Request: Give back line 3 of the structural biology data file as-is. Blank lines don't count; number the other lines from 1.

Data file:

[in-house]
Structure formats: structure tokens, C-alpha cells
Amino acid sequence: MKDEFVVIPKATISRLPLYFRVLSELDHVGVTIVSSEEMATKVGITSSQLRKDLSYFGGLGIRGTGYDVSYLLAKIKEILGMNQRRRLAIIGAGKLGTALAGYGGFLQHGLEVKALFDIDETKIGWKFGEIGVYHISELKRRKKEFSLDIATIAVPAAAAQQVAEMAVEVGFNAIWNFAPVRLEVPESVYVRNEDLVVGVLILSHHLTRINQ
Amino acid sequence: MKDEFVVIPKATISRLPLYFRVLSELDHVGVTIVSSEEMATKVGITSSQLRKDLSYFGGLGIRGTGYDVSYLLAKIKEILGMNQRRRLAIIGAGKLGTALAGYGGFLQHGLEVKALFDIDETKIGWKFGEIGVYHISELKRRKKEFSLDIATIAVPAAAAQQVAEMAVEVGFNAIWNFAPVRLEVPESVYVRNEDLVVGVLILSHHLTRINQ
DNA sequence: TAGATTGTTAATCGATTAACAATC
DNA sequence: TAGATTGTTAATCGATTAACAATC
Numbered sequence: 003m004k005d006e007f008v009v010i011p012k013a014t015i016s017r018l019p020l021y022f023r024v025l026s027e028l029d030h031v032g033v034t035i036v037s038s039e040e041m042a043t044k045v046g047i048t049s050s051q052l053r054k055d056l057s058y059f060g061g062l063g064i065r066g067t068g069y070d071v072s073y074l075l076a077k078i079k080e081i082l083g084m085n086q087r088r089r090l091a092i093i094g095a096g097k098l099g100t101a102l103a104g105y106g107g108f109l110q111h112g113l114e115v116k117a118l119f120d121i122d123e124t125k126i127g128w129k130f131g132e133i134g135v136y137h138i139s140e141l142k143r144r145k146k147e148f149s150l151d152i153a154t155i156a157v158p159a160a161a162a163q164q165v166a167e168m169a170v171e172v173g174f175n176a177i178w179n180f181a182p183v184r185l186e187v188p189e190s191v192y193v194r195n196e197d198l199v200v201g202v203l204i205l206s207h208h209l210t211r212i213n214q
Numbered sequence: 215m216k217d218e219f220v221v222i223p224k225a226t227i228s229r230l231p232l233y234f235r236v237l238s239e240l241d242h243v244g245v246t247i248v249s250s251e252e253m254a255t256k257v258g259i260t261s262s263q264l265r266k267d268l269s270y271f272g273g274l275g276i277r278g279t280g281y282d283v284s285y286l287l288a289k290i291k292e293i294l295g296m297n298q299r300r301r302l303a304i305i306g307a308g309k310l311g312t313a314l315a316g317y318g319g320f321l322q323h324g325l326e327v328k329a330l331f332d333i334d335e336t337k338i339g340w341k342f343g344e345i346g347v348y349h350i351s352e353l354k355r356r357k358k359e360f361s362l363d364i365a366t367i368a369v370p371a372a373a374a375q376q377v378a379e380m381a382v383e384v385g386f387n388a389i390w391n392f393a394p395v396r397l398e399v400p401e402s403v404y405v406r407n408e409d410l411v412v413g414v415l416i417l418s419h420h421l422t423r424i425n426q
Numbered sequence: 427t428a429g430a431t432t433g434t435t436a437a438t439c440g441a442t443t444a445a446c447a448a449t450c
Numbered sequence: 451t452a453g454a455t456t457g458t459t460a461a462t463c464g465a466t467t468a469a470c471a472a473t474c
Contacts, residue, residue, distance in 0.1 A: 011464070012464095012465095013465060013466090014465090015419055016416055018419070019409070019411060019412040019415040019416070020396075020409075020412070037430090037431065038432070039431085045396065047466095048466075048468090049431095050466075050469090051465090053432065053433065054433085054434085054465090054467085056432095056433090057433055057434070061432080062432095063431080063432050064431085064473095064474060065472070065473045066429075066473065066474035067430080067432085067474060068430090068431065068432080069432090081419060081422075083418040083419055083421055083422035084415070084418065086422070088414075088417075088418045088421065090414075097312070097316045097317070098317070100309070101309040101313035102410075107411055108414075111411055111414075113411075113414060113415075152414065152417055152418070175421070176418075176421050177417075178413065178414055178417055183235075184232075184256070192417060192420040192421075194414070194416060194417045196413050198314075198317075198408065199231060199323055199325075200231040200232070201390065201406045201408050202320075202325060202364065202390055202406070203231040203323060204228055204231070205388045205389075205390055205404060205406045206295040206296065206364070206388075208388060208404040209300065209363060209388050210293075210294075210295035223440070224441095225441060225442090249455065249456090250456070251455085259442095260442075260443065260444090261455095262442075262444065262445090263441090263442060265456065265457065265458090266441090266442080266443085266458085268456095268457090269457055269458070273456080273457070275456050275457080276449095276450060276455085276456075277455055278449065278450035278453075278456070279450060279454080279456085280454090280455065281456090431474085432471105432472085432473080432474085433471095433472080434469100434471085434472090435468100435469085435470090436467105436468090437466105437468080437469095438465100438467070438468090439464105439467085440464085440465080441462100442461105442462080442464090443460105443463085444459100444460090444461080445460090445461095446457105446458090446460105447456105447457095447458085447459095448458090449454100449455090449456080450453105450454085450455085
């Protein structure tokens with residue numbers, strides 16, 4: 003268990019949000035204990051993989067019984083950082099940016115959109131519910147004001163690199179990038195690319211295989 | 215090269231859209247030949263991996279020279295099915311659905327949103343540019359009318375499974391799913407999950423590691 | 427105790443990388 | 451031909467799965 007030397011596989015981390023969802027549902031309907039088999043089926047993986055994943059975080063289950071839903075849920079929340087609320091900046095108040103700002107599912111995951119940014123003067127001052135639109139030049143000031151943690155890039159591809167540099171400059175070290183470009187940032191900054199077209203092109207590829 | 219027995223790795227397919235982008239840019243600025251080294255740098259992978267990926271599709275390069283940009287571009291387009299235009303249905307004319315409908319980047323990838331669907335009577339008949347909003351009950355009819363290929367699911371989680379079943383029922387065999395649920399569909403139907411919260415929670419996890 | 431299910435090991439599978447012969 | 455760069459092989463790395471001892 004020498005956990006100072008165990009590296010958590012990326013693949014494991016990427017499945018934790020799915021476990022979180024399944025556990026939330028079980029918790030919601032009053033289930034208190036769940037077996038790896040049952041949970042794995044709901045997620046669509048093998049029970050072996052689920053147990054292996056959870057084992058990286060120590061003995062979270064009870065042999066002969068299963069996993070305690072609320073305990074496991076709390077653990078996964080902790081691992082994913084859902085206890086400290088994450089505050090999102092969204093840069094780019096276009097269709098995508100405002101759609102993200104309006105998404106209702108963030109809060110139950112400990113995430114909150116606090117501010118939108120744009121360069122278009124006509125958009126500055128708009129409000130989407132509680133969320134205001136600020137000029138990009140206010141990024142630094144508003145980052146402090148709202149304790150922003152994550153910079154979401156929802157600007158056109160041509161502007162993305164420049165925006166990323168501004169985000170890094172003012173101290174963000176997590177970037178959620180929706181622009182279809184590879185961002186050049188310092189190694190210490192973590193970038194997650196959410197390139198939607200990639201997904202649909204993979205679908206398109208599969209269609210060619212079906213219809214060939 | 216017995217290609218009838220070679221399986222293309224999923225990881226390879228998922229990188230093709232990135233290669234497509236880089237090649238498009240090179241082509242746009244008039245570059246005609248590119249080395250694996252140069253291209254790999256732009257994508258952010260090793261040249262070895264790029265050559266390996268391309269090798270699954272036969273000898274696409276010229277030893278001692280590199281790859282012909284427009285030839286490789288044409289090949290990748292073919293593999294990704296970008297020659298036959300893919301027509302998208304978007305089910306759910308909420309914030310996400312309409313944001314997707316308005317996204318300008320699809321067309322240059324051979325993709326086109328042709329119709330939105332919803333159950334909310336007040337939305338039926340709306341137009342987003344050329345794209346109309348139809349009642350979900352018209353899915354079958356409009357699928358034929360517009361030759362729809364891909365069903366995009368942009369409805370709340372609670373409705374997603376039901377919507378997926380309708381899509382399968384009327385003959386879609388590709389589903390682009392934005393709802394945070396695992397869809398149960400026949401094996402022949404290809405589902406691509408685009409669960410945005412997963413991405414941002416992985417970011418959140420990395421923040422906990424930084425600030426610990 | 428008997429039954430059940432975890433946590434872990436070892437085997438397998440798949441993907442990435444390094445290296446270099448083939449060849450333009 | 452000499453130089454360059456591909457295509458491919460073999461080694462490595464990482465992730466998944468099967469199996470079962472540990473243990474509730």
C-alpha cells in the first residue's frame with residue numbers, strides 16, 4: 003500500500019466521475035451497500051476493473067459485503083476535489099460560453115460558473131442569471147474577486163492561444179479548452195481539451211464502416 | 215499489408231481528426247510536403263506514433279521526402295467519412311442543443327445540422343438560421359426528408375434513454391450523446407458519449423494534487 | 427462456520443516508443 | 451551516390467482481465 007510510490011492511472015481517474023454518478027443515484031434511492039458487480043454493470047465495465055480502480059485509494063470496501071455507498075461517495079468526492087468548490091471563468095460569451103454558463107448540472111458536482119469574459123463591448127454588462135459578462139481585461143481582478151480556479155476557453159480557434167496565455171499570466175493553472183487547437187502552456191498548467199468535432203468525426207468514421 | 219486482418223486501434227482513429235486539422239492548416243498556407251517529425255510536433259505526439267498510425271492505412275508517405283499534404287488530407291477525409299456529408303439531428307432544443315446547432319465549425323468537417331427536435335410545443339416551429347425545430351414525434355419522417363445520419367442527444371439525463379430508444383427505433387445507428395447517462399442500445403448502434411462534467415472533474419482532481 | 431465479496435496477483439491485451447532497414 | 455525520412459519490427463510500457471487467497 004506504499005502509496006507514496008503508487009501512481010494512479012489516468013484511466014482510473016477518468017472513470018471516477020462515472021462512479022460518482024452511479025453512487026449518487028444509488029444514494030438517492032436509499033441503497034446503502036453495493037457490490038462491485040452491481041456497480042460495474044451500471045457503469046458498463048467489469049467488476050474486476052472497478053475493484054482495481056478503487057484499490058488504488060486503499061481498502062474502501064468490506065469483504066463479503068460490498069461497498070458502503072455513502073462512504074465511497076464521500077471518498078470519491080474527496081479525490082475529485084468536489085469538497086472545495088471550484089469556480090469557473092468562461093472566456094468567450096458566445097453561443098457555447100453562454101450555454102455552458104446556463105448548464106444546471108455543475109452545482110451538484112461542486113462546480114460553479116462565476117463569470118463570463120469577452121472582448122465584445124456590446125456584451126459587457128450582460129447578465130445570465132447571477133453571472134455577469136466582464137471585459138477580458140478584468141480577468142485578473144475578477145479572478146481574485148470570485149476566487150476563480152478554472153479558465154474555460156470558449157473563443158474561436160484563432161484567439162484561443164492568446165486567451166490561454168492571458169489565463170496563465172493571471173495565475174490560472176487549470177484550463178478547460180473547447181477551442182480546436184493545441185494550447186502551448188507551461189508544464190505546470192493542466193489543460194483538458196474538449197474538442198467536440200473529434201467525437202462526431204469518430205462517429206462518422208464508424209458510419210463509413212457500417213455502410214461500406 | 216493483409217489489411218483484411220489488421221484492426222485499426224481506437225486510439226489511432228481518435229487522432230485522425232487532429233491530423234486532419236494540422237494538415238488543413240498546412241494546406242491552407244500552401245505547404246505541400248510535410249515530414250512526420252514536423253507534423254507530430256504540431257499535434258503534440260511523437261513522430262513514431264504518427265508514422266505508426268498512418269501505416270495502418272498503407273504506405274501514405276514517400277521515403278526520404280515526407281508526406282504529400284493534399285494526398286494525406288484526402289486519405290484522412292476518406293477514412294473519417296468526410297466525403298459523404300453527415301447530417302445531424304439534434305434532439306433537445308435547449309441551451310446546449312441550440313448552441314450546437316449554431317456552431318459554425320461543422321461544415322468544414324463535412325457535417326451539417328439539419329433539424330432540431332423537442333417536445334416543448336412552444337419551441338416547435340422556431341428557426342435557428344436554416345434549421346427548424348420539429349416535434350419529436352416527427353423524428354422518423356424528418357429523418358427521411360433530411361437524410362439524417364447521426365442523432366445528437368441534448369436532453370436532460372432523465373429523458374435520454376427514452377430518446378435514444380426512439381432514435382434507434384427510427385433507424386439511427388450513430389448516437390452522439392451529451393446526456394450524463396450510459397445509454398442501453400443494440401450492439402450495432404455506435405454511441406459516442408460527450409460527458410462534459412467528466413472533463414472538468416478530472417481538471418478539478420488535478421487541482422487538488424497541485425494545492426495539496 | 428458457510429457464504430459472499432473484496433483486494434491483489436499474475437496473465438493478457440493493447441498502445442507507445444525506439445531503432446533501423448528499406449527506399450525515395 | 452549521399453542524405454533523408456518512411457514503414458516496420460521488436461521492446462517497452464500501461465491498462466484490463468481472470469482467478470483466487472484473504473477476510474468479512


Amino acid sequence: MKDEFVVIPKATISRLPLYFRVLSELDHVGVTIVSSEEMATKVGITSSQLRKDLSYFGGLGIRGTGYDVSYLLAKIKEILGMNQRRRLAIIGAGKLGTALAGYGGFLQHGLEVKALFDIDETKIGWKFGEIGVYHISELKRRKKEFSLDIATIAVPAAAAQQVAEMAVEVGFNAIWNFAPVRLEVPESVYVRNEDLVVGVLILSHHLTRINQ